This week #CLMOOC challenged its participants to geolocate our spaces for the sixth and final make cycle. The idea was for us to curate our cultural, environmental, and/or historical spaces. I contemplated a curation of the national parks I have known or other spaces I visited either as a child or adult, but in the end decided to focus on “My Kentucky Parks” as that is “my space.”
There were many wonderful pictures shared as as the other “makers” got out to explore their spaces. They did make me jealous — sometimes because their spaces are better, but usually because they are better photographers (Eastern Kentucky is pretty awesome if you have never visited). Some folks shared some really interesting blog posts along the way (I’ll get to those in my next Notable Notes post), but for a while this make didn’t truly capture my interest even after I dutifully created my own make (sometimes that process helps me “see” the purpose behind it, but not this time).
One of the activities many engaged in was the #rangerme challenge (image on image layering). To be honest at first I didn’t really get it and I couldn’t download the recommended app on my phone so I sort of abandoned it, but as the images continued to pop up on my social media feeds I realized that this could be a fun make for a variety of purposes and content areas. For example, in my comic book class we could introduce ourselves as our favorite superheroes, however this could be done for a variety of themes…a twist on photobombing. In the end, I created three of these…one ranger for the challenge and two others that I could use as examples for my students.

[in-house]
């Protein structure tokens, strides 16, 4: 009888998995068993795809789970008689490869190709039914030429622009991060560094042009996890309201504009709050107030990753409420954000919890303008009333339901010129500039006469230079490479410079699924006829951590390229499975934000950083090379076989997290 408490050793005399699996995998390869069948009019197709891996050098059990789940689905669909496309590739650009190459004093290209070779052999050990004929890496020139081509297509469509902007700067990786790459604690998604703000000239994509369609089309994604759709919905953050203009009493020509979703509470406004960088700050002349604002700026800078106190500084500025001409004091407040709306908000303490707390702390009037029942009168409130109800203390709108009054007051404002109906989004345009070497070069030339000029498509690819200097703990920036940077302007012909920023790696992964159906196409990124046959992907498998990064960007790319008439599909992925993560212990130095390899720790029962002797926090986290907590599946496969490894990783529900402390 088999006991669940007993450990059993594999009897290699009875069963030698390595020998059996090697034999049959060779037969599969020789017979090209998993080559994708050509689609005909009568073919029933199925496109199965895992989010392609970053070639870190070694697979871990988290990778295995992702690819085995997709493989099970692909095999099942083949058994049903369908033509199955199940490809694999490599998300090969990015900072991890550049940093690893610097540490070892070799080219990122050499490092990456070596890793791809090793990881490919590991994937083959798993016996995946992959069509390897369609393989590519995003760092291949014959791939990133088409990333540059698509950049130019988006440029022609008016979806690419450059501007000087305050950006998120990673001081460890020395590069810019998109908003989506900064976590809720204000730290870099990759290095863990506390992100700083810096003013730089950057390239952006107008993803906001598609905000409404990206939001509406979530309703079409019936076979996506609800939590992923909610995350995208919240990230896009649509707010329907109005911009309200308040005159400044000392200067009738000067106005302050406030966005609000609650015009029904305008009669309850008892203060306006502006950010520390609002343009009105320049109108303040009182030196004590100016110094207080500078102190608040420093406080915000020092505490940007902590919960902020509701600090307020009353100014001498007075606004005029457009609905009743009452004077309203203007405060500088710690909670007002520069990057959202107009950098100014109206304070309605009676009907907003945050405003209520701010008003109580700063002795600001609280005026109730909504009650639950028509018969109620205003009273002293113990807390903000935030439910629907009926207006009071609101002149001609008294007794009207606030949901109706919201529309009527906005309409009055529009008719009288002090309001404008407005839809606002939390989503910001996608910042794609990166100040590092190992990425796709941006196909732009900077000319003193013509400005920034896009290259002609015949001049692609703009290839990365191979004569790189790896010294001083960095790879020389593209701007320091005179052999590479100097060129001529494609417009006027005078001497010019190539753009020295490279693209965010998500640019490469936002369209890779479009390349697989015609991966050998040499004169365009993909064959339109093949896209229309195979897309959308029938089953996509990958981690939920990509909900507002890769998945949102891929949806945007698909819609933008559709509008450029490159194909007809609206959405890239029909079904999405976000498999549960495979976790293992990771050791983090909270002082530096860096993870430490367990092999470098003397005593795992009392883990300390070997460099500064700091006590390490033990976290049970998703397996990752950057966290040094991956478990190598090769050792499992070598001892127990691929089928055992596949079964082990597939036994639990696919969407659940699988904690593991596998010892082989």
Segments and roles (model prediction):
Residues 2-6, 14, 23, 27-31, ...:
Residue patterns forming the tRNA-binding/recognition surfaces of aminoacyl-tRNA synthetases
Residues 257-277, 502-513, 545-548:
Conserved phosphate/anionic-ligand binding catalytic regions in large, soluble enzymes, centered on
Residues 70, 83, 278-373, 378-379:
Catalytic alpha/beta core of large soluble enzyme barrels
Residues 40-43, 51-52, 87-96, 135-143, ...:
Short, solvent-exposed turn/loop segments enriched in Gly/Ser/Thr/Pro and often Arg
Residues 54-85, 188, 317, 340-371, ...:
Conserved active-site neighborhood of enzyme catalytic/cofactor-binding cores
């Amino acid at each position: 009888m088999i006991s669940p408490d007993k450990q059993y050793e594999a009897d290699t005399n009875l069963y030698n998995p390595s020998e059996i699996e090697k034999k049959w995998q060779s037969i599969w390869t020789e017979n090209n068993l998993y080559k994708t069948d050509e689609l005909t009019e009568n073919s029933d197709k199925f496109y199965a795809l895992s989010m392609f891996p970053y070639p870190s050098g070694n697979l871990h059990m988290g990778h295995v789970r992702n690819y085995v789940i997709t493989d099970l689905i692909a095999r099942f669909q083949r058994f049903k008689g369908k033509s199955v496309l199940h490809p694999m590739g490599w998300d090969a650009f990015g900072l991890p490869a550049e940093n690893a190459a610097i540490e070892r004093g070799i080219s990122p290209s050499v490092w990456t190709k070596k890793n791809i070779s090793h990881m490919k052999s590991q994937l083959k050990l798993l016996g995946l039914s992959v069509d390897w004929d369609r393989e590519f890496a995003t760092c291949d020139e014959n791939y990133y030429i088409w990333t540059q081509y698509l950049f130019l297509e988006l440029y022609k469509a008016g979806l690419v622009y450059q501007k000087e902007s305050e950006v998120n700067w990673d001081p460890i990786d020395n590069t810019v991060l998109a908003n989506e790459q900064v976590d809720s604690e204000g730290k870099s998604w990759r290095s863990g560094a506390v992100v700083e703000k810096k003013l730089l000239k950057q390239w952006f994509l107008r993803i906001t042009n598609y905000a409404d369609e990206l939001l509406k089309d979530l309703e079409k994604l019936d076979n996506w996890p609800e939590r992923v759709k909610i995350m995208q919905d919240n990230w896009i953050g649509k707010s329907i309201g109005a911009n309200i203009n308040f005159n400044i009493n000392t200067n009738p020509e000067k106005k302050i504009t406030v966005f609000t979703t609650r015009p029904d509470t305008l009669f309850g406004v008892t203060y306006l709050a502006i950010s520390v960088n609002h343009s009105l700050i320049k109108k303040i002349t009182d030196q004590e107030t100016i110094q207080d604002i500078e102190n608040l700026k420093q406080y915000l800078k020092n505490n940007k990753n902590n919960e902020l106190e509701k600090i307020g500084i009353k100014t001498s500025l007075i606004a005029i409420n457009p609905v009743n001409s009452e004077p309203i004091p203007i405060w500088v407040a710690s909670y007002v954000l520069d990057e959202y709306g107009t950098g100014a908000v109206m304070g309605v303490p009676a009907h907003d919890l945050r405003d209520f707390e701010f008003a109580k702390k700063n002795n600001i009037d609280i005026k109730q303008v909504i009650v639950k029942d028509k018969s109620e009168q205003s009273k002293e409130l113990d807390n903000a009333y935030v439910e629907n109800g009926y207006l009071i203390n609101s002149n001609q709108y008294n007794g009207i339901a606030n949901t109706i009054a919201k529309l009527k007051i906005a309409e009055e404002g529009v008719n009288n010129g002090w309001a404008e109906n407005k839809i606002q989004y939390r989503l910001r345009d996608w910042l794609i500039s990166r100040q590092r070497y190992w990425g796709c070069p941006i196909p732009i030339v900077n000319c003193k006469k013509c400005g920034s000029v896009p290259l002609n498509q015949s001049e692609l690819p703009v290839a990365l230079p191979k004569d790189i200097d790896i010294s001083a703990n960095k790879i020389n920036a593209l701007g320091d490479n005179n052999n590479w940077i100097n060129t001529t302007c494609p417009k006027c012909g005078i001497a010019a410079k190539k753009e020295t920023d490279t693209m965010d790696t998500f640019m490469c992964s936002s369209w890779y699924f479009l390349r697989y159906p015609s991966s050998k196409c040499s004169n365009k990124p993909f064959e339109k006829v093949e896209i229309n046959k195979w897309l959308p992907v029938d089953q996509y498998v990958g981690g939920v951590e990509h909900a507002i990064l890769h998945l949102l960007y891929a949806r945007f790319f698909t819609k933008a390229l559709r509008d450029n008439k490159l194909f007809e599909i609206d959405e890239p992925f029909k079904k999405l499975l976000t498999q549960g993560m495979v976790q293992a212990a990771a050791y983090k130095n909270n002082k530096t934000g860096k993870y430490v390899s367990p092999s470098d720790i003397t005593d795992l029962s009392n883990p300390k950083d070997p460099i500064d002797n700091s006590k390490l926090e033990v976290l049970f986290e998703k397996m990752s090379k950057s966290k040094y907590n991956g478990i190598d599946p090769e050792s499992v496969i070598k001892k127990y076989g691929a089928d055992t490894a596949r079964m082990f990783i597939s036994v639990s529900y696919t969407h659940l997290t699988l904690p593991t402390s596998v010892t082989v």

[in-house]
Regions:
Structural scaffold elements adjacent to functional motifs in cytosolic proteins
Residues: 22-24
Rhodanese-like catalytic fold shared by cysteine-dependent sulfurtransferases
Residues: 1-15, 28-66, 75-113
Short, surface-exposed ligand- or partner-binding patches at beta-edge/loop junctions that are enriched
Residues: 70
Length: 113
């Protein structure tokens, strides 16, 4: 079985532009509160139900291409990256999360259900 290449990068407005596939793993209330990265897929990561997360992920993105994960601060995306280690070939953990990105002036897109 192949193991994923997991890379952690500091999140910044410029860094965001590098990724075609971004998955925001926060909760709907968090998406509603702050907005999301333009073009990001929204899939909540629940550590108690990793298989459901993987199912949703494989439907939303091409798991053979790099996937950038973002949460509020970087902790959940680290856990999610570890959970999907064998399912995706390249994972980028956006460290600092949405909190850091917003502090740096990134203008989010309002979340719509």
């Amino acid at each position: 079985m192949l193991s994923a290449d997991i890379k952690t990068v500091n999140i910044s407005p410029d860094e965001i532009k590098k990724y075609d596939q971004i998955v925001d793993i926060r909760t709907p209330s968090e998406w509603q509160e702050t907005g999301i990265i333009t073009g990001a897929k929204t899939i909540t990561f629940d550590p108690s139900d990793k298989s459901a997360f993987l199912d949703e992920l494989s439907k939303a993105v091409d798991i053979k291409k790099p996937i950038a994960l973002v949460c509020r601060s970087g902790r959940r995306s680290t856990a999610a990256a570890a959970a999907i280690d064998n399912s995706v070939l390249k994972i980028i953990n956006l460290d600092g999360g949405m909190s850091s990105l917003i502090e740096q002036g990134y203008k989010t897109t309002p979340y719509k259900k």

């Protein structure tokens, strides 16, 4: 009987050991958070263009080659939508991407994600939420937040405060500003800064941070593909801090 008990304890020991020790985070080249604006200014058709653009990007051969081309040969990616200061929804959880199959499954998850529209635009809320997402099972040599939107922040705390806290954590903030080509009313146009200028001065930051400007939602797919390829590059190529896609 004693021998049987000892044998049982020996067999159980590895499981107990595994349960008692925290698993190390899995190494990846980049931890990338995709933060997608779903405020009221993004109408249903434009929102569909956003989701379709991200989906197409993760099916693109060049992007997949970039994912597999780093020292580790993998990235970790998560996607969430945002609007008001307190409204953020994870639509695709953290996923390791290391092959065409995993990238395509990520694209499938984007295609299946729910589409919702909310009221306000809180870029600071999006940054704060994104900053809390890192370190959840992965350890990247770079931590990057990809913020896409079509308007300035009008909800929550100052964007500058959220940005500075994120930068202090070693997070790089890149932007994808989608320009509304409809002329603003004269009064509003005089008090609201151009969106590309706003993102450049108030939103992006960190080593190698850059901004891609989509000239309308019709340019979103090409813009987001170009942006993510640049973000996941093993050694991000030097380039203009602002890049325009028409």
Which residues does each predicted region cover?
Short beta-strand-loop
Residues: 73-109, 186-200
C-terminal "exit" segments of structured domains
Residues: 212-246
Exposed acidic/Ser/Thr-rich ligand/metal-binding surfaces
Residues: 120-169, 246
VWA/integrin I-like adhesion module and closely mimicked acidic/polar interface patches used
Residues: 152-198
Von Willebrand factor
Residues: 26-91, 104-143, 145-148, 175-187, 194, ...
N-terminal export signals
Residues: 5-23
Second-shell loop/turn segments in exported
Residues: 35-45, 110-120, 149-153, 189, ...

However, the curation of our locations still somewhat puzzled me. Not sure how I could apply or use this concept for my students, but reading the official reflection on this make cycle and talking with my son about his mission trip experiences this week helped me see my way — it is all about perspective. I think curation is an important part of education. I hate the regurgitation required of so many assessments. Good curation requires thought and judgement which can often result in something pretty useful and interesting that informs the audience as well as the creator. And curating can offer a new perspective as the curator locates and interacts with the elements of the exhibit.
This idea was brought home to me by my son Noah’s mission experience. This is his third mission trip. In the past, he helped beautify a home in Pittsburgh (with Rebuilding Together) and worked with the needy in St. Louis (Urban Mission Inn), but this year’s experience with Reach Beyond Mission in Austin, Tx, gave him a better perspective on what it is like to live in poverty. You can see Noah above working at the Mobile Loaves and Fishes Community First Village (an amazing program you should check out). RBM designed a number of experiences (as well as work opportunities) for the youth to develop a better understanding of what it is like to grocery shop with an extremely limited budget (I wish all the lawmakers who want to cut food stamps and similar programs had this experience) as well as how to manage your household budget when unexpected expenses occur (chaos rules!).
My students already do a lot of curation (see Paper Trails assignment) but I’m already thinking about more ways that I can use curation in my classroom. I also use curation for my own personal learning (see Notable Notes) and I share a lot through my various social media feeds as well as Scoop.It and Pinterest, but I could use a system so I can better find links when I want them later. Sadly, I am in desperate need of a curator for my personal documents and photos. They are in a terrible muddle.
What is the role of curation in your personal and teaching lives? Do you think curation is an important part of learning?